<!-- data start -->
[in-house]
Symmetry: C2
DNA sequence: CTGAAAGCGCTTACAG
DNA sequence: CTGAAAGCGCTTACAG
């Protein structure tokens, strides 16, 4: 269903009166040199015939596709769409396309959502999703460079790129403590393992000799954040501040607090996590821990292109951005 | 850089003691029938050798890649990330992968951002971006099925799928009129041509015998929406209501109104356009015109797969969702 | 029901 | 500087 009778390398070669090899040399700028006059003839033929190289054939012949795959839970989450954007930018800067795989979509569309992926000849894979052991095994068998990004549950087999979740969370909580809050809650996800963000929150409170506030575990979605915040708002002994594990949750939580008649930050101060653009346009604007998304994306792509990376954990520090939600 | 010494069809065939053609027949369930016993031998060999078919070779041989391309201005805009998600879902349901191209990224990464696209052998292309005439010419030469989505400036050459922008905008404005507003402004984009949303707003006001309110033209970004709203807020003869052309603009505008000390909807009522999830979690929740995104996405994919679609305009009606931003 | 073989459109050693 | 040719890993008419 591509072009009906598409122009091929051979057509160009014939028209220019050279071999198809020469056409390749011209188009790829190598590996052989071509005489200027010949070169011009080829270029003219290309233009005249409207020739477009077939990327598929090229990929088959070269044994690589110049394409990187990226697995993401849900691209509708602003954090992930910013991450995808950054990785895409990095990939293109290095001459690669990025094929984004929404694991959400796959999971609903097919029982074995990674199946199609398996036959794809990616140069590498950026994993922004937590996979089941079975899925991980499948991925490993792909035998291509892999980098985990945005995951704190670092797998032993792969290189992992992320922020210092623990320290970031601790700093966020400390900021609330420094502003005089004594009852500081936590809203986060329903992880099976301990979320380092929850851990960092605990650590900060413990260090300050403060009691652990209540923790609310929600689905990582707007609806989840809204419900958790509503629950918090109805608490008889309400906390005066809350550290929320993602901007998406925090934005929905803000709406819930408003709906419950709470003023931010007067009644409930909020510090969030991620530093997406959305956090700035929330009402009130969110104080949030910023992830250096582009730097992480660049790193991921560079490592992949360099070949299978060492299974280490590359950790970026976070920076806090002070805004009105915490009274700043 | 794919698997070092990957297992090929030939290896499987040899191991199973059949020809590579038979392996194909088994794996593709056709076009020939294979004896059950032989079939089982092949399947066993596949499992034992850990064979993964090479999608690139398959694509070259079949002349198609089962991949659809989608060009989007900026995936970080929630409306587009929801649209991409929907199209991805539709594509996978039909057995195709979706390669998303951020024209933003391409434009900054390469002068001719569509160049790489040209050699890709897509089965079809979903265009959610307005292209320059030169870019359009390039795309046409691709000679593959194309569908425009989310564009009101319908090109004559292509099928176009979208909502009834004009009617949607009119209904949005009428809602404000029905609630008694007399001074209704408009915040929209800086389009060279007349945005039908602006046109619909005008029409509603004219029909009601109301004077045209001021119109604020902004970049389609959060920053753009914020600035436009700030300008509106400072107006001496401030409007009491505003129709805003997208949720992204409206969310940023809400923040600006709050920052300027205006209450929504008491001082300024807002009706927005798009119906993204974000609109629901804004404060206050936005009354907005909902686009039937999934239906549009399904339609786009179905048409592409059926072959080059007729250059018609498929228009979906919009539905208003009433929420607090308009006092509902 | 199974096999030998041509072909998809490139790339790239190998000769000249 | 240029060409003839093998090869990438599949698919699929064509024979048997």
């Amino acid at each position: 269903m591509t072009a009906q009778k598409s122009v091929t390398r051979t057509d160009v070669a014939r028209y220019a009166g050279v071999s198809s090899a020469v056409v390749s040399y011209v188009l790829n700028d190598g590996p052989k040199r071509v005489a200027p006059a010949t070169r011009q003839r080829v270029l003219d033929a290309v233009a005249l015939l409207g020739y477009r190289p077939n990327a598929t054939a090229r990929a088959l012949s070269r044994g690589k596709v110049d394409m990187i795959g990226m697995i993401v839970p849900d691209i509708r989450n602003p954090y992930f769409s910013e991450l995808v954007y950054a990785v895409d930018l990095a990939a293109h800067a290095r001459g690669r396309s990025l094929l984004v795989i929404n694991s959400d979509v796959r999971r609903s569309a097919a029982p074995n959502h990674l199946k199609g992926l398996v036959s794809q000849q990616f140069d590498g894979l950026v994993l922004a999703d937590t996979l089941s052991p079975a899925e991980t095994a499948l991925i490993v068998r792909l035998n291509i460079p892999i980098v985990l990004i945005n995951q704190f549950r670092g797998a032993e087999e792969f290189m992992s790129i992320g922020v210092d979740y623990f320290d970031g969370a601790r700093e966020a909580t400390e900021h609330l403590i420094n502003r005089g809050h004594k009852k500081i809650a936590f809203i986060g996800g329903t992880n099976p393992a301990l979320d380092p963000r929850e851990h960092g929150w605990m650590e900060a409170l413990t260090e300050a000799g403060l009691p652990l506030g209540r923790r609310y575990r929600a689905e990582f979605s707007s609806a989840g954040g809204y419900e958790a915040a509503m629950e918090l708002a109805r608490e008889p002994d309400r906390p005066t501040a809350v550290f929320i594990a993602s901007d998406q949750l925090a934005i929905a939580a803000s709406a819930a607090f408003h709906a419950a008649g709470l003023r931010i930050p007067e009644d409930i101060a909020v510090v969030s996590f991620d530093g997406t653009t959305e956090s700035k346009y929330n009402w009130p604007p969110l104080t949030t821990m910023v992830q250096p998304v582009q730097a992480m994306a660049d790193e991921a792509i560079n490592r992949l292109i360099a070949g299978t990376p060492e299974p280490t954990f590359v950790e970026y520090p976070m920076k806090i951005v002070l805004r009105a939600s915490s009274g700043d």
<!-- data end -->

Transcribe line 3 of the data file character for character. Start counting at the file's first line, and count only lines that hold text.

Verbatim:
DNA sequence: CTGAAAGCGCTTACAG